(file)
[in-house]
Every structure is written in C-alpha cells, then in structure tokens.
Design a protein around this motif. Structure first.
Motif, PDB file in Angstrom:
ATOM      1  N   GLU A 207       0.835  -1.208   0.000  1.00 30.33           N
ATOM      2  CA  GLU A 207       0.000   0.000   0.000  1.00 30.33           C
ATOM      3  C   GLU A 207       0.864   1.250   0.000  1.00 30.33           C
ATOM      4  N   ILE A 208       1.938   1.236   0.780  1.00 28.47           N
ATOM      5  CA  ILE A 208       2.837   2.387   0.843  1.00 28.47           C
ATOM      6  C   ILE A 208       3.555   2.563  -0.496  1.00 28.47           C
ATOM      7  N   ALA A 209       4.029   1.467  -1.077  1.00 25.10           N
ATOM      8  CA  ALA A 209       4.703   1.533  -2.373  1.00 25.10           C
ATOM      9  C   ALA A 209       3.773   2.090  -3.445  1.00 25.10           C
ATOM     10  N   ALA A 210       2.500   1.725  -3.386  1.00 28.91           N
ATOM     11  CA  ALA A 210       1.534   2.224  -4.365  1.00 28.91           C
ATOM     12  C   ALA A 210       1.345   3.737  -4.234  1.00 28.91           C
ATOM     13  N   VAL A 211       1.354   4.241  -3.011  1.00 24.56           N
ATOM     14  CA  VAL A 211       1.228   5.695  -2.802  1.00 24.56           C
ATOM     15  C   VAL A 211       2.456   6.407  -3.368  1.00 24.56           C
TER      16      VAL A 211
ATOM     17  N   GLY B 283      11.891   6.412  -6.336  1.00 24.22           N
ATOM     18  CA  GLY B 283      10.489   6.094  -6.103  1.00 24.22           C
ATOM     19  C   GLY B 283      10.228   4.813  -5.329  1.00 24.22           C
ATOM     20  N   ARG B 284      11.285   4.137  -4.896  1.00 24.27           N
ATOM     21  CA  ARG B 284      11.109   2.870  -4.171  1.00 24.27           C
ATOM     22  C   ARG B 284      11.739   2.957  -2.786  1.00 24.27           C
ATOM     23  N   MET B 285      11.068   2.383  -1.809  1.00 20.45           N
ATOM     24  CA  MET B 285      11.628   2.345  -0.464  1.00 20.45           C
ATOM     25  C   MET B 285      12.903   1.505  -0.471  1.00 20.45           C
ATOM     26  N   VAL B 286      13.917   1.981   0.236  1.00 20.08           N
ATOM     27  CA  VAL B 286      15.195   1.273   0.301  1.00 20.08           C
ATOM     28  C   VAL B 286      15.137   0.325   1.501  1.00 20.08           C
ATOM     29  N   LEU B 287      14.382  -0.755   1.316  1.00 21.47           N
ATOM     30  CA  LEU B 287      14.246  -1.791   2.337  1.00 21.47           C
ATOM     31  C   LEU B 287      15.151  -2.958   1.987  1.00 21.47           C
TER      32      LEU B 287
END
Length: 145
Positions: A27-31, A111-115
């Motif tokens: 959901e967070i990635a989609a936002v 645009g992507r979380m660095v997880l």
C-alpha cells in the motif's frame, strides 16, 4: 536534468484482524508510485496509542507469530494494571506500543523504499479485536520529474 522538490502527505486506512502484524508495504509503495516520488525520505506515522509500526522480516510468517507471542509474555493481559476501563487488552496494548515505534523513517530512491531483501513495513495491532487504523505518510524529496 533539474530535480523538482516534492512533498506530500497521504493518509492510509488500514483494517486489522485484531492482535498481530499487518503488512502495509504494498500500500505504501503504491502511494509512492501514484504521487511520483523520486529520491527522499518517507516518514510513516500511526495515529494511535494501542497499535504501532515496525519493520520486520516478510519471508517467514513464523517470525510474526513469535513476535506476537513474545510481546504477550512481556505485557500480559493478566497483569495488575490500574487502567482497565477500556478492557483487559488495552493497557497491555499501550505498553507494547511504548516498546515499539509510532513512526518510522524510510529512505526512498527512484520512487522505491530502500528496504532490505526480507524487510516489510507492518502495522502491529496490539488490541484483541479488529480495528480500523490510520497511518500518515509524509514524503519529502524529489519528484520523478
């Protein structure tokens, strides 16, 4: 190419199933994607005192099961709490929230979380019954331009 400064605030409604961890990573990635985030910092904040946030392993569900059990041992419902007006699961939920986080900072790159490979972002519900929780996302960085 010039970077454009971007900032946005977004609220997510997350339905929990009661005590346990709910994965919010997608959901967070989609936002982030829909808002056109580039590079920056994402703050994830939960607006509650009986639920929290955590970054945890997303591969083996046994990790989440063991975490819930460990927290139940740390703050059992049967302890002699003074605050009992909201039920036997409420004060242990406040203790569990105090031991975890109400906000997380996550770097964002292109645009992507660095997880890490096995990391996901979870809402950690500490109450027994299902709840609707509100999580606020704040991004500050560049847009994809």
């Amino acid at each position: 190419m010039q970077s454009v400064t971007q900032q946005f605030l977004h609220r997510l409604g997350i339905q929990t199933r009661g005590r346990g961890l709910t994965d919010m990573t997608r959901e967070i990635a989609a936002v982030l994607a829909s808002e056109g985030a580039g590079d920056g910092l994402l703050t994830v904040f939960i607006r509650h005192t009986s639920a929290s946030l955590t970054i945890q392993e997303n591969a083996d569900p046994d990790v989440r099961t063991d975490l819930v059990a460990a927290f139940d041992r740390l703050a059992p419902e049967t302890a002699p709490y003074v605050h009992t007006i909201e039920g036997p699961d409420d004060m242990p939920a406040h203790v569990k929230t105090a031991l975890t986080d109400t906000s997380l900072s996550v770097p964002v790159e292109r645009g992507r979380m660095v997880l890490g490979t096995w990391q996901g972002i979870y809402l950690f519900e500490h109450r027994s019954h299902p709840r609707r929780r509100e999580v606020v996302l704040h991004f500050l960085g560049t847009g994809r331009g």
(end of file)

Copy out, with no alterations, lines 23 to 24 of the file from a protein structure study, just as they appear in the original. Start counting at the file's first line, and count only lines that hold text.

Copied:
ATOM     19  C   GLY B 283      10.228   4.813  -5.329  1.00 24.22           C
ATOM     20  N   ARG B 284      11.285   4.137  -4.896  1.00 24.27           N